City receives briefing on status of new water treatment plant


PORTSMOUTH – Kris Ruggles, an associate from Strand Associates, visited City Council on Monday and gave a plethora of updates on the upcoming water treatment plant as well as the sewer system within the city.

The City has agreed to temporarily provide water to South Shore, Kentucky via a pipe that runs along the Grant Bridge. Eventually, they will receive water from the new water treatment plant and a pipe that will be ran along the bottom of the Ohio River.

“I’m very pleased to say we got soil borings in the Ohio River Last week,” said Ruggles. “They had a barge and took a core drill to determine the bedrock depth right in front of the Conley Shipping Facility. The design for that pipe can now be finalized. Improvements are also happening on the South Shore side of the river to receive that water.”

South Shore has agreed to pay for the construction of the pipe, according to Ruggles, and will be a large customer of the City’s water going forward.

“We hope to have a big need for contractors on that project this summer, pending Army Corps of Engineers and railroad permitting.”

The City will also look to begin construction of a new water treatment plant, the first in over 100 years in Portsmouth.

“The water treatment plant design was finished last Fall,” said Ruggles. “We turned the permitting into review for the Ohio EPA in December. They heave a heavy load with all the infrastructure money coming through, and we’ve not yet received any comment. We have a meeting set to review the design on April 6th…with a project that size there will be 10-20 pages of comments and questions to address from the Ohio EPA. Hopefully, we can get that project out to bid this Summer and have it awarded by August.”

The new water treatment plant will cost over $65 million dollars – with most of the funding coming from an Ohio EPA loan.

“Material costs have been on the rise, substantially, over the last couple years,” warned Ruggles. “We will try everything we can to get that project bid sooner rather than later…but costs are going to go up. Any estimates we get are going to be higher in 4-5 months.”

Ruggles also gave an update on the City’s sanitary and rain water sewer systems.

“The US EPA and the City negotiated a federal order to do certain projects to address some issues with the combined storm water and sanitary sewer system,” said Ruggles. “They’ve been addressed and the US EPA said you were done. On the heel of that, the Ohio EPA said they wanted to look at the next phase of the long term control plan to control the sewer and reduce the amount of sewer overflow into the Ohio and Scioto rivers.”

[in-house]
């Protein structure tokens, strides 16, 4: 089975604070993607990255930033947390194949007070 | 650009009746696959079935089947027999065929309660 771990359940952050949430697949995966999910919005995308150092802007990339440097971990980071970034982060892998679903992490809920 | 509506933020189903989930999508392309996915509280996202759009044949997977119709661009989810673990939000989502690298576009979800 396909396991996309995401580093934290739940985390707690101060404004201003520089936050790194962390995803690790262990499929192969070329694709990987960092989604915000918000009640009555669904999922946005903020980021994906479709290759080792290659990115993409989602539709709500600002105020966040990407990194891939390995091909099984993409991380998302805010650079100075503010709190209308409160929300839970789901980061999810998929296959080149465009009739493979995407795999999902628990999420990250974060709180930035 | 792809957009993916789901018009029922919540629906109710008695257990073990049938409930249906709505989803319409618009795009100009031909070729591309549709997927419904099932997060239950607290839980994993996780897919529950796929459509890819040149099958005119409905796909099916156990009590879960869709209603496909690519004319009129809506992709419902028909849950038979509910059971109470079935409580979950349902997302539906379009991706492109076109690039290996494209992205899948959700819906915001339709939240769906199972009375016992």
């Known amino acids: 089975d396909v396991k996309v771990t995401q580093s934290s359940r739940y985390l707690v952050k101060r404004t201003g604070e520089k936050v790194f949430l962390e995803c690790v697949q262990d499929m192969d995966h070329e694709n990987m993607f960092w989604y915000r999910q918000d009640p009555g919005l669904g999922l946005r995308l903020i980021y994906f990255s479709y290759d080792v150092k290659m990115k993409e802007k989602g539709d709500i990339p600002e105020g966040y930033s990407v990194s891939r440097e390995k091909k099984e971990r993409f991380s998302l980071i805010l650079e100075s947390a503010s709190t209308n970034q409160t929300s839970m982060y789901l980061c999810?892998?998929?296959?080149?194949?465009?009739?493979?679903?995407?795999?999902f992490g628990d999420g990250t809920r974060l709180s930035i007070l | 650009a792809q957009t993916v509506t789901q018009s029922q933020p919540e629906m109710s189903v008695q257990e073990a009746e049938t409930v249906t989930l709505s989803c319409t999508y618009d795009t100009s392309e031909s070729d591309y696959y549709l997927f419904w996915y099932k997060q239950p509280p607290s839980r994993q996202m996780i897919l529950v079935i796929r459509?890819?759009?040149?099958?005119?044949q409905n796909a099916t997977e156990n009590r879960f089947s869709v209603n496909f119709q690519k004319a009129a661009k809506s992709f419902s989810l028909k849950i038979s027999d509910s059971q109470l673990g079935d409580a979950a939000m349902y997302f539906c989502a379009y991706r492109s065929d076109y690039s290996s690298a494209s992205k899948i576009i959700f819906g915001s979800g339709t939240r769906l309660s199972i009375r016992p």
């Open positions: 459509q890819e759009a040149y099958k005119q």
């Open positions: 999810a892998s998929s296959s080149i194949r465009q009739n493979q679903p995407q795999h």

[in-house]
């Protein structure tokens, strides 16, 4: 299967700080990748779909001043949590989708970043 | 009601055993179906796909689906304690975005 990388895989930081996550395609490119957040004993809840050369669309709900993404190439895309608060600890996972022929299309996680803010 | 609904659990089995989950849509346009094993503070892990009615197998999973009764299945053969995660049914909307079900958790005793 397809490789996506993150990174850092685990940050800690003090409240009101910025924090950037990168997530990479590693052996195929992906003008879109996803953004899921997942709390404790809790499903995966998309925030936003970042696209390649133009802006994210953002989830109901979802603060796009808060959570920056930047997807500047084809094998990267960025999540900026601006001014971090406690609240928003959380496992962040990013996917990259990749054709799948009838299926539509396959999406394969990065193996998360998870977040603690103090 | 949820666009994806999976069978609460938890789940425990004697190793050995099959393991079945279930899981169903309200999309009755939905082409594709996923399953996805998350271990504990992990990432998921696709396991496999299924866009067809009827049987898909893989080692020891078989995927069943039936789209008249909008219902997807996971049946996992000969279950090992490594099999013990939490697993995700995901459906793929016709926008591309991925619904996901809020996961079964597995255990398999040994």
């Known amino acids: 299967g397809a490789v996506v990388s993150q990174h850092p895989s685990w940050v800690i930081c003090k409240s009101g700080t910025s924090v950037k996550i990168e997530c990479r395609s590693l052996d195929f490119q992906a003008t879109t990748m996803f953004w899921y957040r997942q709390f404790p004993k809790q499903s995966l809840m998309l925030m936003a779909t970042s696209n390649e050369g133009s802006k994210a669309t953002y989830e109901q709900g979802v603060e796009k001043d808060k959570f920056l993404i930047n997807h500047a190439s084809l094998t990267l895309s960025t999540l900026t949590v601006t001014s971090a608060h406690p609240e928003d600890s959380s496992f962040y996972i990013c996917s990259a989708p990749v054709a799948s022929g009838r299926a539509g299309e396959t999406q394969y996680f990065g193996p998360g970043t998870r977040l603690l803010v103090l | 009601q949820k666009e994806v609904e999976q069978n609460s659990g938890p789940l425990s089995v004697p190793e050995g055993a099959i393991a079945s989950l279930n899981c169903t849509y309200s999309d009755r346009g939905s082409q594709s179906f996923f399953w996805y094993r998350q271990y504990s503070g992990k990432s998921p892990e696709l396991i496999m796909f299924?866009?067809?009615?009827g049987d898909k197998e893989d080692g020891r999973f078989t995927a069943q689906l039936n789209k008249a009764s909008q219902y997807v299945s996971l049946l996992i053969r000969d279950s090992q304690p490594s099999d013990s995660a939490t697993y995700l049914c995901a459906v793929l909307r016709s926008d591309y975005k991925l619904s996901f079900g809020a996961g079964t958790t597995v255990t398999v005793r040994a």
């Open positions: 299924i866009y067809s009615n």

Strahd explained that, while Portsmouth does have a permit to put water into the Ohio River during a storm scenario, Ohio EPA wants to work towards limiting and minimizing those overflows as much as possible.

“Your infrastructure started off as a combined system,” explained Ruggles. “It’s really too entangled to for the US EPA to say its illegal. But the idea is to practice best management – which is to capture and treat the first and worst part of the storm water, which has a lot of sewage in the pipes, and to dilute it and reduce the concentration of bacteria with higher water discharges. Eventually, the policy will be to limit and minimize overflows as much as possible which is what the City needs to work towards.”

The first step, according to Ruggles, is to get better monitoring on outflows and create a model of the sewer system that predicts when overflows will happen.

“The reality is, the city’s system of tracking is not accurate. Many older storm water pump stations have no monitoring. To determine overflow, a crew member goes and lifts a man hole, sees water, and estimates how much has gone through.”

In addition to improper monitoring of sewer discharge to the Ohio and Scioto, the Ohio EPA recently wrote an SSO violation when they learned of another sanitary sewer overflow in Sciotoville off Harding Avenue behind Scioto Shoe Mart.

“That system…is 100-120 years old and the pipes are starting to collapse. They are always full of water. If you get lots of rain, it flushes with rain water and the seepage comes out of manholes.”

The good news, according to Ruggles, is that funding is available over the next few years to remediate SOS issues and to undergo regionalization projects – such as bringing in additional customers (like South Shore).

“Funding is available…we need to get on a timeline to capture as much infrastructure money as possible for these projects.”

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